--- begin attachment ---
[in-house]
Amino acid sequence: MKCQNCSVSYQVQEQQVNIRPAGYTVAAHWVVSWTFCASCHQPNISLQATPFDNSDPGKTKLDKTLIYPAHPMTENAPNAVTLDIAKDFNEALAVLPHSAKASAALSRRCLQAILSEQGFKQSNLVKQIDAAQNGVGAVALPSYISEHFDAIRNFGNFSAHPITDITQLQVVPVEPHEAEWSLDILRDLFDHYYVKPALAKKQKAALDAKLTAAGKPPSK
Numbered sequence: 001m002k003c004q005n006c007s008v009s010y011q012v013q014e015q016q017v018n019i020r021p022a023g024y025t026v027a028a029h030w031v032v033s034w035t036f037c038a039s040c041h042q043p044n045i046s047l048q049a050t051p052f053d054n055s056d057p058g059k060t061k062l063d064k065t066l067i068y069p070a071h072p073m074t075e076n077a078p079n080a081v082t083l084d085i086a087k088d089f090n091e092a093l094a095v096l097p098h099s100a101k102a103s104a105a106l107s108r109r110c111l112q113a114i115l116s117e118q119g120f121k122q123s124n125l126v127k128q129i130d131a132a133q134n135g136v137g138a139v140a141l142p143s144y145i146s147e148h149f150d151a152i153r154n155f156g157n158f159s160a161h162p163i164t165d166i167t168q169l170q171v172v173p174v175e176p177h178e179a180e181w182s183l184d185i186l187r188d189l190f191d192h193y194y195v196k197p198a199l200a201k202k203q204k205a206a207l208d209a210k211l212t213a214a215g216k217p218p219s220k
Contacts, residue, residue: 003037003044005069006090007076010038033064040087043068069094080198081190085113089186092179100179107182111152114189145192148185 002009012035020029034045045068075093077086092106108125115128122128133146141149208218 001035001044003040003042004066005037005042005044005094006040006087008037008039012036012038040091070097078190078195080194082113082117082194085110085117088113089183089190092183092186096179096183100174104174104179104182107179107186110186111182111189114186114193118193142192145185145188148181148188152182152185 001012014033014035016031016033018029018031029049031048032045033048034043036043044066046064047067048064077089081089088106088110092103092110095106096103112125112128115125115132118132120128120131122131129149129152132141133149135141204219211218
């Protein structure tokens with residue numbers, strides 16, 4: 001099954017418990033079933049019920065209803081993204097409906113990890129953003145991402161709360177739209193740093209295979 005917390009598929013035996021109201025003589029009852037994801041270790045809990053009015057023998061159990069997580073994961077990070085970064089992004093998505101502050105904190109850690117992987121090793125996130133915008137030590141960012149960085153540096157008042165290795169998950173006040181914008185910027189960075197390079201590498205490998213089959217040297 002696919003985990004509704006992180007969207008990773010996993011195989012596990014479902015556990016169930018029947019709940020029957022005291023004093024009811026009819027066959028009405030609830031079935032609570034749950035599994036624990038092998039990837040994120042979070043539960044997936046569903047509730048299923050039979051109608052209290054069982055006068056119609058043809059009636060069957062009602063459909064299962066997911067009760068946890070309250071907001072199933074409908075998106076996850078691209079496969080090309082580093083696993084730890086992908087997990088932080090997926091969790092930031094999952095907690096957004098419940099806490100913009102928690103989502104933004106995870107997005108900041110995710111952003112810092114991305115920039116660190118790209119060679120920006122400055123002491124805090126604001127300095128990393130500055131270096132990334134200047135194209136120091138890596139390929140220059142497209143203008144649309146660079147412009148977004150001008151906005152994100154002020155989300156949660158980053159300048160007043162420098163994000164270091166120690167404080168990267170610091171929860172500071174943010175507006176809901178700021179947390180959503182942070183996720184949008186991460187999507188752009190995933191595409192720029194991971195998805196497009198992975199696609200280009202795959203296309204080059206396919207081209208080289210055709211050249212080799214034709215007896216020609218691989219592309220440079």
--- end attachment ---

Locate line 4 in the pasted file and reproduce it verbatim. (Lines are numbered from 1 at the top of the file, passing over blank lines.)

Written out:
Contacts, residue, residue: 003037003044005069006090007076010038033064040087043068069094080198081190085113089186092179100179107182111152114189145192148185 002009012035020029034045045068075093077086092106108125115128122128133146141149208218 001035001044003040003042004066005037005042005044005094006040006087008037008039012036012038040091070097078190078195080194082113082117082194085110085117088113089183089190092183092186096179096183100174104174104179104182107179107186110186111182111189114186114193118193142192145185145188148181148188152182152185 001012014033014035016031016033018029018031029049031048032045033048034043036043044066046064047067048064077089081089088106088110092103092110095106096103112125112128115125115132118132120128120131122131129149129152132141133149135141204219211218